Construction Contractors under Fair Chance Employment Act
In California, Governor Jerry Brown signed the Assembly Bill 1650, the Fair Chance Employment Act, authored by Assembly member Reginald Byron Jones-Sawyer last year. The new law took effect on January 1, 2015. As per the new law, State contractors may not ask about conviction history in initial hiring process of construction workers. This will decrease the impediments for ex-offenders to obtain employment by requiring private contractors who have state contracts to remove the conviction history box from job applications.
This policy only applies to on-site construction related jobs that fall under the State Contract Act which includes the erection, construction, alteration, repair, or improvement of any state structure, building, road, or improvement project. Any person submitting a bid to the state on a contract involving onsite construction-related services shall certify that the person will not ask an applicant for onsite construction-related employment to disclose orally or in writing information concerning the conviction history of the applicant on or at the time of an initial employment application. This Act requires some employers to “ban the box” that talks about convictions from their employment applications.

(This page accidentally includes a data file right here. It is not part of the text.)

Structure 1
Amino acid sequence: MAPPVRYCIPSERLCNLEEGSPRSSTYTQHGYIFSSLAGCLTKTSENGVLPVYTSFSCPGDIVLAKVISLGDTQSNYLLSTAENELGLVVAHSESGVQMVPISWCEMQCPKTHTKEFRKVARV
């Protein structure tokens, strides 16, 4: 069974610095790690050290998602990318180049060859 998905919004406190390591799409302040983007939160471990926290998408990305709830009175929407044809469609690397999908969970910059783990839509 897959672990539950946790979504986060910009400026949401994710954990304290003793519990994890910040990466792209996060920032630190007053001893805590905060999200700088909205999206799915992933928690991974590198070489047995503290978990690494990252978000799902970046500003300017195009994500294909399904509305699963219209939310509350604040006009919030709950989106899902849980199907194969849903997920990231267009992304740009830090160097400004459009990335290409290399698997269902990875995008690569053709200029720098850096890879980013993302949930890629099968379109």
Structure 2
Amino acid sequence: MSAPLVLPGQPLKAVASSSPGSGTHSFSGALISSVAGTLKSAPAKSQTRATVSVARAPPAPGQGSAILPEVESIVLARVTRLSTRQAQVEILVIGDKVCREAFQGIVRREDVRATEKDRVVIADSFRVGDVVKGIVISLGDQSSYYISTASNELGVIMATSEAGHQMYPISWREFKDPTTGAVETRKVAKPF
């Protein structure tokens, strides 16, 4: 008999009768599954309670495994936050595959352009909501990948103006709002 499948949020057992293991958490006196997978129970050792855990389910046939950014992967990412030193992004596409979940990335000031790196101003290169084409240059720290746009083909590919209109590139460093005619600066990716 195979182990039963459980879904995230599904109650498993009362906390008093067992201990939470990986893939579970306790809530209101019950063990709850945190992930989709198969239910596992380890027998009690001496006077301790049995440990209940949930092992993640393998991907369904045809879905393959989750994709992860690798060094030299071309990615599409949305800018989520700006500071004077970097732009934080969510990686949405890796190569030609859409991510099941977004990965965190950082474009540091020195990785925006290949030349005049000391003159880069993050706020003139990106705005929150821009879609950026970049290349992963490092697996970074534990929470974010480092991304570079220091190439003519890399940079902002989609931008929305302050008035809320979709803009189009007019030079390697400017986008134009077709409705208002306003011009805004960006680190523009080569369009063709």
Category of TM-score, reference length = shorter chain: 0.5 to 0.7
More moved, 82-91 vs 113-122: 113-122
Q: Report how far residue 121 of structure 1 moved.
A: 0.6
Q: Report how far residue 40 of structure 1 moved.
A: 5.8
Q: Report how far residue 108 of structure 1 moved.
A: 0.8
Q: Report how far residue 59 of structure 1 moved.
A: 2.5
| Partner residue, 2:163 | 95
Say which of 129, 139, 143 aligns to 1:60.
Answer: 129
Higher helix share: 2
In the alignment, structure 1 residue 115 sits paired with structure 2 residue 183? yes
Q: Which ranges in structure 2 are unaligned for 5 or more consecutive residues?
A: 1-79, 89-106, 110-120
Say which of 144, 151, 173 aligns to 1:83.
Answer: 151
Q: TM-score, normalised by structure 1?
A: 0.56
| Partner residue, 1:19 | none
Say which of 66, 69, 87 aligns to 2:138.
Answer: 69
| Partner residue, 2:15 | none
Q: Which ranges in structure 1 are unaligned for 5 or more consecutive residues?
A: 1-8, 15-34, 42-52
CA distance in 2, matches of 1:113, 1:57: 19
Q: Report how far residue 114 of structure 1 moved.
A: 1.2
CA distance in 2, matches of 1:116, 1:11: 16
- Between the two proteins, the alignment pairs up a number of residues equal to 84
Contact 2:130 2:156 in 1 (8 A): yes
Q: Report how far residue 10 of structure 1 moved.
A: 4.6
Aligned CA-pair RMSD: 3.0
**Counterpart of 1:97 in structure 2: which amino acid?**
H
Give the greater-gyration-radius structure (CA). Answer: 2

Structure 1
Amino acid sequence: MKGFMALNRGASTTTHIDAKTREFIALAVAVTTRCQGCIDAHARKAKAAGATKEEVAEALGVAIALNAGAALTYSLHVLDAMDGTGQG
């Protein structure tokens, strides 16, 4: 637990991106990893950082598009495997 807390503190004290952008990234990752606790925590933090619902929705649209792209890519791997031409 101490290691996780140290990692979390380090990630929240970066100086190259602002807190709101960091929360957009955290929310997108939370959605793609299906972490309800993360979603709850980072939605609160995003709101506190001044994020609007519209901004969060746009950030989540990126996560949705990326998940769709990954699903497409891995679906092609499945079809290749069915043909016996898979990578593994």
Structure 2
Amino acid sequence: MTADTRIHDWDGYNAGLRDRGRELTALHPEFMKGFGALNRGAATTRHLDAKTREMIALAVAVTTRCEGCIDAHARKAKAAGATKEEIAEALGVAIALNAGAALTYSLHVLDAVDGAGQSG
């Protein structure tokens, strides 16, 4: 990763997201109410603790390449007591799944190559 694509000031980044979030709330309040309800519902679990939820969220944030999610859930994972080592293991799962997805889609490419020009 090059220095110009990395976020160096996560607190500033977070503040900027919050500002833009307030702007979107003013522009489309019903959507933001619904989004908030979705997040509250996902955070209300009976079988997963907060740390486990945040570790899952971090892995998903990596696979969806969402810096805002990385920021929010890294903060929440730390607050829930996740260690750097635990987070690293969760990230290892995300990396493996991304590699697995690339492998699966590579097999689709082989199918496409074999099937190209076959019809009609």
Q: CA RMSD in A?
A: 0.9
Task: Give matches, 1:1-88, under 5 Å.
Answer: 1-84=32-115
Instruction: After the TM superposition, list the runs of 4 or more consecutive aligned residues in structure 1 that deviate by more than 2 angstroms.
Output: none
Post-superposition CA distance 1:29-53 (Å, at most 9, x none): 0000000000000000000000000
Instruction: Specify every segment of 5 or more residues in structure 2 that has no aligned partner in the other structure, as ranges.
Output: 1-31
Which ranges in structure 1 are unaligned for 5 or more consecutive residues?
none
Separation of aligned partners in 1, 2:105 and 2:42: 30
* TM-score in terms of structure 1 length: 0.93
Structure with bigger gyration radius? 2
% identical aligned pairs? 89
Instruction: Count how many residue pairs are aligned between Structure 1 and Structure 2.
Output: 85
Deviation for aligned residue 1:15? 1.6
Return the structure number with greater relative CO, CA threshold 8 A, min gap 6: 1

The law attempts to address three major issues –
1) Discriminatory employment practices for individuals with prior criminal convictions
2) Extremely high unemployment rates for individuals with criminal backgrounds
3) High recidivism rates within California.
Technically, it does not prohibit or otherwise limit a state contractor who employs on-site construction-related employees from conducting a criminal background check. But the legislative analysis specifically notes that employers should continue to approach these decisions with care to avoid violating employment discrimination laws, which require that job requirements be justified when they fall more heavily on some groups. The new law does not affect the existing law requiring that employment standards be related to the job.
Men and women released from prison often face obstacles as they return home to their communities, however none can be more difficult than finding employment. Thus, removing the conviction history box can give thousands of individuals a fair shot at employment while simultaneously decreasing the recidivism rate, increasing economic activity and improving public safety.